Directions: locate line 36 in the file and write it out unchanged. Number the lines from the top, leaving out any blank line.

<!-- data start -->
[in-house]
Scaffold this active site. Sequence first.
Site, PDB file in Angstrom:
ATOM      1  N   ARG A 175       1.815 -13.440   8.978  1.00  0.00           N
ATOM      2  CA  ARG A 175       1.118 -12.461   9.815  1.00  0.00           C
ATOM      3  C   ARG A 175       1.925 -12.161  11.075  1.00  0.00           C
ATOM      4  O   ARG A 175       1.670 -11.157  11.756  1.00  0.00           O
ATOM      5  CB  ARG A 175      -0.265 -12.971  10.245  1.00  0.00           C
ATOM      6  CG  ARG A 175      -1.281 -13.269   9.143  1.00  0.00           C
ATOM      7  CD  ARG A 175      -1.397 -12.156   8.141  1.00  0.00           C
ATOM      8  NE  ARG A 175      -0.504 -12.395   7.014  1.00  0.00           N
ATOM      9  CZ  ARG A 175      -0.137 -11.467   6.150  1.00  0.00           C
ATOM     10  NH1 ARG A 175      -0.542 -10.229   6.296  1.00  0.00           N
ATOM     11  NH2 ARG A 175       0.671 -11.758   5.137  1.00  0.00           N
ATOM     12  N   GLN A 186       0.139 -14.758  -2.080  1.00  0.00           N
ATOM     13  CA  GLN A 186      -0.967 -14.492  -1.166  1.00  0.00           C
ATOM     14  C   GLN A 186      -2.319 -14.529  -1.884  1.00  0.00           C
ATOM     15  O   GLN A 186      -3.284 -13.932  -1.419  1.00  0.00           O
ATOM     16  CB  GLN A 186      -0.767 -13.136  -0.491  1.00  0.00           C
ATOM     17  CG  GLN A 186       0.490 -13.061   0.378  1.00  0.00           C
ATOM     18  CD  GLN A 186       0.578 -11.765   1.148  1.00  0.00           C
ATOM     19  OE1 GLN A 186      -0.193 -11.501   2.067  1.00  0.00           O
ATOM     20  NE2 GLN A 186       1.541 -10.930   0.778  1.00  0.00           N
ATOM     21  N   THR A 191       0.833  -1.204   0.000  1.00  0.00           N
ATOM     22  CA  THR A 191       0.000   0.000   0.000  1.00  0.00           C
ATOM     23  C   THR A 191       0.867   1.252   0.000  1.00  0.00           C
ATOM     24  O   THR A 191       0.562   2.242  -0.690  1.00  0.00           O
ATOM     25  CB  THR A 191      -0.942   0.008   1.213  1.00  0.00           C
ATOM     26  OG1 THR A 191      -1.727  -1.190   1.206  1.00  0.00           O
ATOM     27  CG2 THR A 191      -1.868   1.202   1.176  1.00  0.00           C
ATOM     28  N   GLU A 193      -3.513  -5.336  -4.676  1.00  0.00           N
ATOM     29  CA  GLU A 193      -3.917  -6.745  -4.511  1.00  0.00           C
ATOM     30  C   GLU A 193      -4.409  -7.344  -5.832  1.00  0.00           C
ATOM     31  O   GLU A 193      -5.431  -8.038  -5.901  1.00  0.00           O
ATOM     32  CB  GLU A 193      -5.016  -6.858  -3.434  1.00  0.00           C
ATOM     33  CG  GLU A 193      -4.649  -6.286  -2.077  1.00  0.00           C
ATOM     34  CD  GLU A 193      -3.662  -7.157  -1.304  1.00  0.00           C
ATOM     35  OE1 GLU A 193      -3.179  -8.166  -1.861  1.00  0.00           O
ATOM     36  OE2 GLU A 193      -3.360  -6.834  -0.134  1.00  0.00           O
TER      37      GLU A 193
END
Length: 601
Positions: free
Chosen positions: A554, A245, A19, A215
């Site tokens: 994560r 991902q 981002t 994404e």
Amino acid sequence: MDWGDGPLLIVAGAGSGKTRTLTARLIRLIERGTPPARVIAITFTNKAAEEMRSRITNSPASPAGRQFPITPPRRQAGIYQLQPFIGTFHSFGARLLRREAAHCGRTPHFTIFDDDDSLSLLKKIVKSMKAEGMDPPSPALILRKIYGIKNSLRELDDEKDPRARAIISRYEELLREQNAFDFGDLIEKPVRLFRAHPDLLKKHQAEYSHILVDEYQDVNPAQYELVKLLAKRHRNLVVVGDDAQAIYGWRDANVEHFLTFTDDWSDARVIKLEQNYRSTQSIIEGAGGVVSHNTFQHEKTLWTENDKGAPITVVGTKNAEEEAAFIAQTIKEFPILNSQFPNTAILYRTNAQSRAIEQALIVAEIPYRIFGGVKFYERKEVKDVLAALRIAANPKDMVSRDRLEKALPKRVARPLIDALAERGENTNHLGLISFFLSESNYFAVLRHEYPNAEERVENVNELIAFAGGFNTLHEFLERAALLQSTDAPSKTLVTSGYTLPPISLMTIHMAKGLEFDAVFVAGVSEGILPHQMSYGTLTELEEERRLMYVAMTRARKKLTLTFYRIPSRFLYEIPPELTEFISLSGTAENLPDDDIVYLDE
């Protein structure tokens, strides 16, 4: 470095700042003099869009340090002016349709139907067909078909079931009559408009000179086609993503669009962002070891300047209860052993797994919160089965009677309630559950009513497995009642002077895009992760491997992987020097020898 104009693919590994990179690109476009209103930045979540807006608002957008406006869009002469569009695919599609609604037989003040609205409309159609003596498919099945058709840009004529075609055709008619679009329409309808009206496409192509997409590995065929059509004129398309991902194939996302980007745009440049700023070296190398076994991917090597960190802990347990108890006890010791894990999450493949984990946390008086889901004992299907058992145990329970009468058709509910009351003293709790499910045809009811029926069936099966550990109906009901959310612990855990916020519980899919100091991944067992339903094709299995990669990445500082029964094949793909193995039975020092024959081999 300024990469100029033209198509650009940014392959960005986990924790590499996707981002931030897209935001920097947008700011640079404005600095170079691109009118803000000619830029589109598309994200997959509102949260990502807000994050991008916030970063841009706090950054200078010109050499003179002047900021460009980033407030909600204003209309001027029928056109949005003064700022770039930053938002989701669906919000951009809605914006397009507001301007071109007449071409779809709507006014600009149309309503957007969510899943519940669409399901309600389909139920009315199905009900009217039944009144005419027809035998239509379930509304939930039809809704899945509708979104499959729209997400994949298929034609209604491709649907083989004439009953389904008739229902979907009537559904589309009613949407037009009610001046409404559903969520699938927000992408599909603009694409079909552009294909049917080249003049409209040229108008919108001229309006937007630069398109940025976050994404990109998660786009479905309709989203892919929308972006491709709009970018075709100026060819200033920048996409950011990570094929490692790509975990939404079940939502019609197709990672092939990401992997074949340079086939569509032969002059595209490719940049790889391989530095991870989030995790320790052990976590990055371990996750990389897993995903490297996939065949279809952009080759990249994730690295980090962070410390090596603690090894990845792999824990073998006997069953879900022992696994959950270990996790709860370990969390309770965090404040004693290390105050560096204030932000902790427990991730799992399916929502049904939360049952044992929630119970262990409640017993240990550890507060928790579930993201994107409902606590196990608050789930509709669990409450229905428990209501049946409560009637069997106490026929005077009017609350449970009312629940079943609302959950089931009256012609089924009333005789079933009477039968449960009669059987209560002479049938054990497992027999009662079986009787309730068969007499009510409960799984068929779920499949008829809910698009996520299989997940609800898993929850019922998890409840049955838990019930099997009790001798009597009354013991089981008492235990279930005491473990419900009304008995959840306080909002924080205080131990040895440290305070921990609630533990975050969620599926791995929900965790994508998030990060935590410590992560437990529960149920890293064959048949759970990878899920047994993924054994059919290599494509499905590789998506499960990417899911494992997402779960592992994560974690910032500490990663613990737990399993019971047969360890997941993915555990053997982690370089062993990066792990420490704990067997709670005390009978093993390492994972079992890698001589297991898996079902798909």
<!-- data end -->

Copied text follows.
ATOM     33  CG  GLU A 193      -4.649  -6.286  -2.077  1.00  0.00           C